Amelia gripped tightly to the handles of her seat as the single engine aircraft bounced and shuddered, shaking on every axis’.
‘How could this be happening?’ she thought, looking down at the rapidly approaching landscape below.
“Mayday! Mayday! Mayday,” the pilot called over the radio as the plane dipped again causing Amelia’s stomach to lurch up.
“Billy,” she yelled over the thumping and whining from the engines. “Billy, what’s wrong?”
“I’m sorry ma’am,” he replied, glancing over at her, his eyes so dilated the looked entirely black, “looks like we’re going down.”
The expression on his face told Amelia all she needed to know. He was petrified, all hope of surviving this gone, and if an Alaskan bush pilot this scared, she knew it was bad.
“What do we do?” she called, wishing there was something, anything, that she could do that would give them just a few more minutes in the air.
“Brace yourself,” he yelled, the muscles on his arms taut under the strain of trying to keep the plane in the air.
“And if you believe in God,” he added, “pray for us!”
Amelia closed her eyes, wishing there was some way she could have one more conversation with Dale. To tell him all the things in her heart, all the truths she’d been keeping to herself for far too long.
Billy gave a blood curdling roar as the plane slammed into the first tree, the impact snapped the left wing off the craft sending it ass over teakettle down the side of the mountain. Amelia felt every bone jarring impact, her body shaking like a rag doll. With each jolt she prayed that the end would come quickly. Dying slowly in the middle of nowhere Alaska was not something she wanted to think about. If she had to die, please let it be quick.
Thankfully, on the next impact she was knocked unconscious her head slamming into the bulkhead of the plane. She never felt her seat ripping itself from the frame of the aircraft, flinging her free of the burning wreckage, plunging through the trees and over outcroppings of rocks before sliding to a rest at the base of the mountain.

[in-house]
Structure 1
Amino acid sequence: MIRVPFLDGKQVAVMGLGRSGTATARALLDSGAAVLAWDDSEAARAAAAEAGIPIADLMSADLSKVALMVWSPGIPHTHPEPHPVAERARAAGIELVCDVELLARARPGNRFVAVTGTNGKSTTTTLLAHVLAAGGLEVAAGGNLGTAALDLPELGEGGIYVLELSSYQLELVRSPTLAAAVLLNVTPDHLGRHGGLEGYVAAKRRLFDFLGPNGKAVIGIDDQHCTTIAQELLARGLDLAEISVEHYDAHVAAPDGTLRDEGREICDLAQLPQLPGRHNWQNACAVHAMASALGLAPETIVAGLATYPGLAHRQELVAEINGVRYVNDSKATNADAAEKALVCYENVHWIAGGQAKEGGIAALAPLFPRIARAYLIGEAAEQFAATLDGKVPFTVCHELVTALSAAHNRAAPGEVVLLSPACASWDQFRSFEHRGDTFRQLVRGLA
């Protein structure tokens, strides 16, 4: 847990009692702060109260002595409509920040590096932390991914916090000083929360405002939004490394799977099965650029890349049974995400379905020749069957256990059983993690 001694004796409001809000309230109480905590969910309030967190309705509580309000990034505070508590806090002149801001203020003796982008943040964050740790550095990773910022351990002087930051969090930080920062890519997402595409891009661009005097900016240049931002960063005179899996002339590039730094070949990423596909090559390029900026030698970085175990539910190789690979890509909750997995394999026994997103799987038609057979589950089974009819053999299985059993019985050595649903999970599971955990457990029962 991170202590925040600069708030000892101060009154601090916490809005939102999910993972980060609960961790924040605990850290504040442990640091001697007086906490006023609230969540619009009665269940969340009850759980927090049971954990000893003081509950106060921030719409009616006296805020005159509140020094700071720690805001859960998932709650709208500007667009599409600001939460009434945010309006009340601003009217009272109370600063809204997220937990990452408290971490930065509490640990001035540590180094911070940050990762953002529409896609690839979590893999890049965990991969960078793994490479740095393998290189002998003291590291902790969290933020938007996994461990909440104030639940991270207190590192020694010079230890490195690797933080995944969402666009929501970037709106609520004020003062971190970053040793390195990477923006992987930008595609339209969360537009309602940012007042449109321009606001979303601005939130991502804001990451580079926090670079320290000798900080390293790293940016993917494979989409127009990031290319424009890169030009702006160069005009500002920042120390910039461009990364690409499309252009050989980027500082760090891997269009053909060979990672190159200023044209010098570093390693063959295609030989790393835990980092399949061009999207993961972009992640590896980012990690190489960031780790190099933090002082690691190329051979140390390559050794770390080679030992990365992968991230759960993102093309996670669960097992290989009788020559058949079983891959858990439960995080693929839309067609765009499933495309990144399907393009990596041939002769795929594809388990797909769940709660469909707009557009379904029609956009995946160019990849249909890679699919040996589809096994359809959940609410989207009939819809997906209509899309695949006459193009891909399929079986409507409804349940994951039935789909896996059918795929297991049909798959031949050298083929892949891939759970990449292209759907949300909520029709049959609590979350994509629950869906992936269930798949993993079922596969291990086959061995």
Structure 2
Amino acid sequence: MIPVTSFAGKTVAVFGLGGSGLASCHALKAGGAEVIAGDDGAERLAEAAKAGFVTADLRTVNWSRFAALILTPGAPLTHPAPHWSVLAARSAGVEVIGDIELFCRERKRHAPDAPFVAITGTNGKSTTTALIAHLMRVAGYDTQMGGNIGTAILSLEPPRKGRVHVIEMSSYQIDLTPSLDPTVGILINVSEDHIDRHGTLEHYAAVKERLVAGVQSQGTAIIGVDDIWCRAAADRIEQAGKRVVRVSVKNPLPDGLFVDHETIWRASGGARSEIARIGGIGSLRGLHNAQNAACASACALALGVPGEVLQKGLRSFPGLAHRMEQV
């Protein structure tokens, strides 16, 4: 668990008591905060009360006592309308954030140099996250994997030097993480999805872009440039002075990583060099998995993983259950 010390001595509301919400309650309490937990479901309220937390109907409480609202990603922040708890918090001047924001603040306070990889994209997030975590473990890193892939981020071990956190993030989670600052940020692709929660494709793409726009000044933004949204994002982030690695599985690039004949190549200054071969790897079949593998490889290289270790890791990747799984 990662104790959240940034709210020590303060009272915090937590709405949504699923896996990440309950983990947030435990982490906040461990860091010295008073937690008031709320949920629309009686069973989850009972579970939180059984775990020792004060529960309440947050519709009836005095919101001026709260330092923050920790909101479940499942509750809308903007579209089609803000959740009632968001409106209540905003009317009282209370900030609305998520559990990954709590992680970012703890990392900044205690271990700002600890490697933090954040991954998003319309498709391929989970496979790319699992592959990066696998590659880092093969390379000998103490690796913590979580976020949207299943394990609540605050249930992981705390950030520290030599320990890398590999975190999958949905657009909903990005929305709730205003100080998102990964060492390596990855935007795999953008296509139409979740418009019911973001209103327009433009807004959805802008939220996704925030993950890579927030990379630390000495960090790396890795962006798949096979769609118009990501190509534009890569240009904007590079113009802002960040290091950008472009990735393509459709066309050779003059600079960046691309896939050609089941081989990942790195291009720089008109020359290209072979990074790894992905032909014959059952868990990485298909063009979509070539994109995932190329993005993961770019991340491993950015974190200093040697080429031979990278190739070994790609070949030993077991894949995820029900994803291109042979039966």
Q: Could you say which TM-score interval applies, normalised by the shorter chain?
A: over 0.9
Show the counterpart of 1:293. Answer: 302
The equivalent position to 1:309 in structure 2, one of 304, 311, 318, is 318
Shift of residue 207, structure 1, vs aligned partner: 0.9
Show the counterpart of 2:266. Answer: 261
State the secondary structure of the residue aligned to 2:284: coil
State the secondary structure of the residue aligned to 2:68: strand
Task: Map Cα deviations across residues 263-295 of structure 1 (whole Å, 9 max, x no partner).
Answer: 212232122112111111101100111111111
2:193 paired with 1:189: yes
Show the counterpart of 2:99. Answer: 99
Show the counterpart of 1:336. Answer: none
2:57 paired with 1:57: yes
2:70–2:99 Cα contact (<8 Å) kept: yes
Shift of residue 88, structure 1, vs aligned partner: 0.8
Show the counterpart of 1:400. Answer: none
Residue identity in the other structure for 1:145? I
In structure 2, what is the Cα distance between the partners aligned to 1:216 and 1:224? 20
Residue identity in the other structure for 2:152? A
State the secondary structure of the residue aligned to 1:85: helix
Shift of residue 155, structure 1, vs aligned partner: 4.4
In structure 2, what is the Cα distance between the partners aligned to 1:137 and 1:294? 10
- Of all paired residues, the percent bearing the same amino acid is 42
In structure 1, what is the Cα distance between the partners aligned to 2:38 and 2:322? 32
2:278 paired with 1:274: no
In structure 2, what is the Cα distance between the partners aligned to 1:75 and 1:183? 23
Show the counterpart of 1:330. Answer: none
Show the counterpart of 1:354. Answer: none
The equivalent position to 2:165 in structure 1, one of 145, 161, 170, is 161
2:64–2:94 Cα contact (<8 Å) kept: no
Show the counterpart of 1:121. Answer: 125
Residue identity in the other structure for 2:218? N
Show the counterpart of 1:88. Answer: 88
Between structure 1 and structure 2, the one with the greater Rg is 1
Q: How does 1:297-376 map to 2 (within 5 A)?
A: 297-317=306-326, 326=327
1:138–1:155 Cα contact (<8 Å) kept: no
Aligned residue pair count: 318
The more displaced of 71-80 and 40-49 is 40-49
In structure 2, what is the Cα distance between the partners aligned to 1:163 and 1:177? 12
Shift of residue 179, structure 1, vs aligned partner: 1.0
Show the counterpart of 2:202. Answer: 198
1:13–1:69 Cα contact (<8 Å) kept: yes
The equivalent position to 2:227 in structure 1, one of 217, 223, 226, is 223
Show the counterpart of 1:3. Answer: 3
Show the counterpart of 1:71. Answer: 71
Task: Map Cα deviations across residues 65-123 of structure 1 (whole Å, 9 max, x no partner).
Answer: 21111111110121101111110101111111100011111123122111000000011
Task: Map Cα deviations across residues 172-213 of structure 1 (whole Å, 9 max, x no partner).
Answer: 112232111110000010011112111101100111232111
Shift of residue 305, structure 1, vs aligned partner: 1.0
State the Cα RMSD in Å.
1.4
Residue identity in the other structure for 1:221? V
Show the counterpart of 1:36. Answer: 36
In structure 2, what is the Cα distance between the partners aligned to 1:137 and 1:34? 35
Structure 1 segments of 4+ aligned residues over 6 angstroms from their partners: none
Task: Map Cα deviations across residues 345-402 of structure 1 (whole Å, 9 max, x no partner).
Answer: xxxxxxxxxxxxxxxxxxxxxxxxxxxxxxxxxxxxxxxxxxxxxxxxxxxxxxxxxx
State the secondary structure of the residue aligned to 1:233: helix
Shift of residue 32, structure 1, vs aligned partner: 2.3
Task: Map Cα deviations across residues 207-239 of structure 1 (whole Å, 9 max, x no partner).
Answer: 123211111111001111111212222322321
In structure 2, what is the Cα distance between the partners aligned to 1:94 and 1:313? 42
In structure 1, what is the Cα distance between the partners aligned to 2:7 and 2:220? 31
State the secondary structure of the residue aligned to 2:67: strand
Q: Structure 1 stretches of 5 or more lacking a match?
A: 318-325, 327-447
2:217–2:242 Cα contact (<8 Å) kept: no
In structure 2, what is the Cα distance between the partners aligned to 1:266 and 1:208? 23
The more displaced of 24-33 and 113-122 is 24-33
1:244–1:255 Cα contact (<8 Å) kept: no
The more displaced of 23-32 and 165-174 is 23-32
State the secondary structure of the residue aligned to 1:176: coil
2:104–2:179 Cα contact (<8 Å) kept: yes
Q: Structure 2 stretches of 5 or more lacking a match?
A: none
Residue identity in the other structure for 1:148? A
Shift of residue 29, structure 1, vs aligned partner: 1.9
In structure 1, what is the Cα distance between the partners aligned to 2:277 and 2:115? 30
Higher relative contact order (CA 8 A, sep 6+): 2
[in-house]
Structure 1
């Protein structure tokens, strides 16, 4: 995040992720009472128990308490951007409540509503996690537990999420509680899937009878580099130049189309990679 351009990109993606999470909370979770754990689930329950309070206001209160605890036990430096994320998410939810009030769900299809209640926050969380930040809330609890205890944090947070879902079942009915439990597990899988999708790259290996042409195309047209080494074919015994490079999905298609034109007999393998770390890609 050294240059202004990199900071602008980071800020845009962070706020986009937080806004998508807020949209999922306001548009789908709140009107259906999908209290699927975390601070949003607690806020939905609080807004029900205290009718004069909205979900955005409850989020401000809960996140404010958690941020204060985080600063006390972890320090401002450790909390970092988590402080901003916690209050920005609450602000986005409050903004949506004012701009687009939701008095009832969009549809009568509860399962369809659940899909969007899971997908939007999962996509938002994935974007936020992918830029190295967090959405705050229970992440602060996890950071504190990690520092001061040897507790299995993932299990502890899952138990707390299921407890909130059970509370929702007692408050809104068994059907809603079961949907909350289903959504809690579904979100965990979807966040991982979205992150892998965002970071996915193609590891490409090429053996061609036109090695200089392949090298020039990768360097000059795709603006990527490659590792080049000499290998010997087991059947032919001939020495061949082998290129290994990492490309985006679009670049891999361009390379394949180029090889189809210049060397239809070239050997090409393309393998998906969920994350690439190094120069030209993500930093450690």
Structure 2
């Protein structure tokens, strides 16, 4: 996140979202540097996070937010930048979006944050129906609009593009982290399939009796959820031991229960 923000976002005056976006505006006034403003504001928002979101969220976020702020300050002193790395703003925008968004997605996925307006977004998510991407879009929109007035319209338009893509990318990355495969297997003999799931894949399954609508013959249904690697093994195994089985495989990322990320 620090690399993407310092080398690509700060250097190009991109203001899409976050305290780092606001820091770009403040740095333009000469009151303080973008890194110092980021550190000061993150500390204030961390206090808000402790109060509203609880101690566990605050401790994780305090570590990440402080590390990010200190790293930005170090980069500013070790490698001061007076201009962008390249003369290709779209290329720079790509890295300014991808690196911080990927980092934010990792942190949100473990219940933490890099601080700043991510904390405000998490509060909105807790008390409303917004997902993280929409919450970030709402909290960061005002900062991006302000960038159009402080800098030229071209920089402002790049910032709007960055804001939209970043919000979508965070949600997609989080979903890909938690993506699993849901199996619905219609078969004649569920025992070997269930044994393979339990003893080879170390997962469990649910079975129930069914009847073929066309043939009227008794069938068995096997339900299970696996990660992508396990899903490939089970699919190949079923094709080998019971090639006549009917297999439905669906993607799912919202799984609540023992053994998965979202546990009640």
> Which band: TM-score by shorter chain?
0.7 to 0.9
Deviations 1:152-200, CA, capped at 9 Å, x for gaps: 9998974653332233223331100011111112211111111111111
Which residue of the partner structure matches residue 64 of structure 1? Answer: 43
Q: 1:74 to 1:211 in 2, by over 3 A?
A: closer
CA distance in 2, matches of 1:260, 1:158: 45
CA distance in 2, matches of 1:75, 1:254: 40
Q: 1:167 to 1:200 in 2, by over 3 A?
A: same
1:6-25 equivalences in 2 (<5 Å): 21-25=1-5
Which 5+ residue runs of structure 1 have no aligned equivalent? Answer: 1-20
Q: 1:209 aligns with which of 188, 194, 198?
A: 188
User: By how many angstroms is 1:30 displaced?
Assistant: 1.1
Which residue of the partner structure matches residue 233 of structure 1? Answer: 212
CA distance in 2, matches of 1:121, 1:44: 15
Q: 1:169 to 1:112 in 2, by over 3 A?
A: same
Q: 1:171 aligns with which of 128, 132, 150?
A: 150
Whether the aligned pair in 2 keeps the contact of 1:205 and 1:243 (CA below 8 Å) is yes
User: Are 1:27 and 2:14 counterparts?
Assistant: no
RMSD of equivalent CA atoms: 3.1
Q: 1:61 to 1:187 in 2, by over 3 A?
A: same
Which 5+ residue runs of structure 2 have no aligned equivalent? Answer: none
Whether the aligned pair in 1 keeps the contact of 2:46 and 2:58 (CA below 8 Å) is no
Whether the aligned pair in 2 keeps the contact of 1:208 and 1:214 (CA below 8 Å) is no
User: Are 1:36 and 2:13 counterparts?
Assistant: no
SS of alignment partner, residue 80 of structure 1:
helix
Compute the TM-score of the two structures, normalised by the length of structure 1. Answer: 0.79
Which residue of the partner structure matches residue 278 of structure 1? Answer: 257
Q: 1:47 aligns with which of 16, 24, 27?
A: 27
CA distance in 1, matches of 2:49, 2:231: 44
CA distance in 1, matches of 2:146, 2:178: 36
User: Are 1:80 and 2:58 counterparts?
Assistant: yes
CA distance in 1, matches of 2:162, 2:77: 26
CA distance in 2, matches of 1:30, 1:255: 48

Coming to later, Amelia found everything upside down, her head throbbing and her body aching. She was in a white wonderland still strapped into her seat, what was left of it. With cold, aching fingers she fumbled at the latch pinning her in, tears forming as she fought to free herself.
It seemed an age before she was able to make the mechanism release her, sending her sliding further down the steep incline, her head hitting several hidden rocks on the way down.
Seeing stars, Amelia managed to clamber to her feet, a wave of nausea overcoming her as she reached out with her left arm to steady herself on a nearby tree. Something was wrong. Her shoulder radiated with pain every time she tried to move it. Cradling it close, she blinked away the encroaching darkness that seemed to be trying to creep in at the corners of her vision.
Perceiving nothing but whiteness in every direction, she decided to continue down the mountain, away from the wreckage, hoping it was the right thing to do.
After walking for what seemed like hours, trying to stave off the exhaustion and nausea the caused her to vomit and dry heave more than once, that Amelia saw, of all things what looked like a small cabin in the middle of nowhere. Stumbling forward, her throat too raw to even call out, she managed to reach the door. With the last of her strength she forced it open, falling into the cold unlit interior.
Dazed, Amelia managed to crawl inside, barely remembering to shut the door before burying herself in a pile of dingy fabric piled in one of the corners finally giving in to the darkness that had been playing in her peripheral vision took over, sending her into a dreamless sleep.